Not Fly Fishing for Sea Run Cutthroat in Oregon

Not Fly Fishing for Sea Run Cutthroat in Oregon

Coastal Cuts.  Harvest trout.  Blueback. (Oncorhynchus clarki clarki)

Chris Daughters asked me to write about fly fishing for Sea Run Cutthroat and tie some Sea Run flies to feature on the Oregon Fly Fishing Blog.  Silly boy.  He has fallen for the joke, the snipe hunt, the imaginary fish.

These anadromous cutthroat trout are NOT present in Oregon coastal rivers.  Some fly fishers dispute this fact, but they will soon receive a visit from the knee breaker division of the rumor suppression squad.   Then the problem will just go away.

However, let us imagine that there were actual sea-run cutthroat in Oregon.  There are not, but what if there were?  What would one do about it?  Go fish for them, if they would take a fly, I would guess.  Huuumm.  I managed to us the word “would” three times in two sentences.  Nice.

Why would people coin cool imaginary names for imaginary fish?  Part of the clever rumor, I think.

“Blueback” refers to the blue back of this imaginary fish when it first imaginarily returns to freshwater after a short foray (several months) in the ocean.  Imagine a deep steel blue back, clean white belly, and silvery sides.  This is all part of a plot to lure fly anglers away from places where the summer steelhead seeking populace has grown to the point that there are 1.7 fly fishers standing on every Deschutes River rock and valet parking has become the norm at every pull-out on the California – North Umpqua Interstate Highway.

The “Harvest Trout”  line-of-bull hints that the fish are in the rivers in the autumn, when summer crops are harvested.  Again, this is a desperate attempt to decrease the density of steelhead anglers and send them into fishless reaches of Oregon coastal rivers, sell more tackle, burn more fossil fuel, and generally disperse anglers across fishless waters where they won’t interfere with serious and knowledgeable steelhead and/or salmon anglers.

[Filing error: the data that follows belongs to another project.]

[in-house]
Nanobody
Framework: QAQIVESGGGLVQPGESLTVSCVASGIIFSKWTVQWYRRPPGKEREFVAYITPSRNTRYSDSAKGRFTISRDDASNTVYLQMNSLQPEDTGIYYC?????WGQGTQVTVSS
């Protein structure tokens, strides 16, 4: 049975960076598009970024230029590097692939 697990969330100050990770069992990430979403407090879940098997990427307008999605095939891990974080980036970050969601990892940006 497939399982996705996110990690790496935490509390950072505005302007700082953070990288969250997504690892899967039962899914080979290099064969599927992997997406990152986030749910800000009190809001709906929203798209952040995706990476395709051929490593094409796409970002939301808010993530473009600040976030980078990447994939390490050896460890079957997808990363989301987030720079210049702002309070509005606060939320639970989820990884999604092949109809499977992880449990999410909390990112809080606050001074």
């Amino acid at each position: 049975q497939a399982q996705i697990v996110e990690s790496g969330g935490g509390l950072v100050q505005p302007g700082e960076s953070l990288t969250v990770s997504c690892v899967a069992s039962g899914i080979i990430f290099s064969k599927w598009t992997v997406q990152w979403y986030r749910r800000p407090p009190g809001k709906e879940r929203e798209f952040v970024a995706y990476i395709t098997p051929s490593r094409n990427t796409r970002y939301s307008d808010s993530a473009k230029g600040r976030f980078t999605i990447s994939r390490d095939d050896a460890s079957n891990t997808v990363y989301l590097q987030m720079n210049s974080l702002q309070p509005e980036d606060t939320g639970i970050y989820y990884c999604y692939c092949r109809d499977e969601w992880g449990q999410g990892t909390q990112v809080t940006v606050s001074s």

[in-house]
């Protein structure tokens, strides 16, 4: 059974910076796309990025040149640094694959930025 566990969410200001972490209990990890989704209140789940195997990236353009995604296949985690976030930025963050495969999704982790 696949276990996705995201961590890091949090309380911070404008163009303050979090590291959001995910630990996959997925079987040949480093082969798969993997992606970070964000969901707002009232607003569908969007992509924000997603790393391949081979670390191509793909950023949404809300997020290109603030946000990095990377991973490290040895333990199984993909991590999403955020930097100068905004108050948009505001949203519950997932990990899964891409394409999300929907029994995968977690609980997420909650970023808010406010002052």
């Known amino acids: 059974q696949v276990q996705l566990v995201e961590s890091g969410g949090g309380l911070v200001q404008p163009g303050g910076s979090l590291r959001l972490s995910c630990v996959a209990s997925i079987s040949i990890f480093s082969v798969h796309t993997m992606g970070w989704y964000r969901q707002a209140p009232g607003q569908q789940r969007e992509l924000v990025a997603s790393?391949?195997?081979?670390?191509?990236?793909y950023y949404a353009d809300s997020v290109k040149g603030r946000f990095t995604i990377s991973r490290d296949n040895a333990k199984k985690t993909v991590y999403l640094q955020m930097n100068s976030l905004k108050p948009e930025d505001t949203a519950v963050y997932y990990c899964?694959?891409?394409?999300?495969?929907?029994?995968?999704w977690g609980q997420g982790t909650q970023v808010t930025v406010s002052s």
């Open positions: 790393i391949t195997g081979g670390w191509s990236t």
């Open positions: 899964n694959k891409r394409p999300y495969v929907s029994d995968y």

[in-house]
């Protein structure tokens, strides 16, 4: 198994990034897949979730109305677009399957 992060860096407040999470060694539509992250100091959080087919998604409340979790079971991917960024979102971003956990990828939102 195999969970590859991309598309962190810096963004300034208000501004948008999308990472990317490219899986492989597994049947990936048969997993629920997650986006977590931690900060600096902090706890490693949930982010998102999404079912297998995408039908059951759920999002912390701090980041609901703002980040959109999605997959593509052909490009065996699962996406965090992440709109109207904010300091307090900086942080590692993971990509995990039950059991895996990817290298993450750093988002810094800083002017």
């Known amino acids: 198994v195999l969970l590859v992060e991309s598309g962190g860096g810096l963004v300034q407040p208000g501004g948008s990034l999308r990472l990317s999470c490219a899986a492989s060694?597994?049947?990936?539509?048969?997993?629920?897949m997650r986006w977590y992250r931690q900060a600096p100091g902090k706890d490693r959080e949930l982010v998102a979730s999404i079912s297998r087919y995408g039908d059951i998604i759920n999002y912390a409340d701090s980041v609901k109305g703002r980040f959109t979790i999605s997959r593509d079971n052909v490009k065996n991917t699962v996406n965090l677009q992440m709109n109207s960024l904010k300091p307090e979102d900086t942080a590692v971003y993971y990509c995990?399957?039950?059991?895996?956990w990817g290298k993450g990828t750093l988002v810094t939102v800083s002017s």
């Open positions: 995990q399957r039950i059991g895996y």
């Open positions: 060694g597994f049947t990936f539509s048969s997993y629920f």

As one who does fish for steelhead and salmon, I heartily support any effort to keep people from messing with personal playground rivers like the South Santiam, a yet undiscovered and unpublicized bonanza for summer steelhead fly fishing.  If people knew that I average nine wild summer steelhead between 9 and 17 lbs. per day, skating dry flies on the South Santiam, well, I would probably have some competition.  But no one knows about the huge run of wild summer steelhead on the South Santiam, yet, so for now, I have this wilderness river pretty much to myself.

In the spirit of this practical joke, I decided to go with the story, to make up some cool imaginary stuff to support the legend of the Sea-run cutthroat in Oregon.  Cool stuff like a hypothetical discussion of flies for sea-run cutthroat:  fly styles, color combinations, best materials, best fly sizes, and so on.  Taking this imaginary venture to the limits of sanity, where I live, I even decided to tie a bunch of flies and shoot some videos for Chris to post on the Oregon Flyfishing Blog.  Ha ha.  What a joke.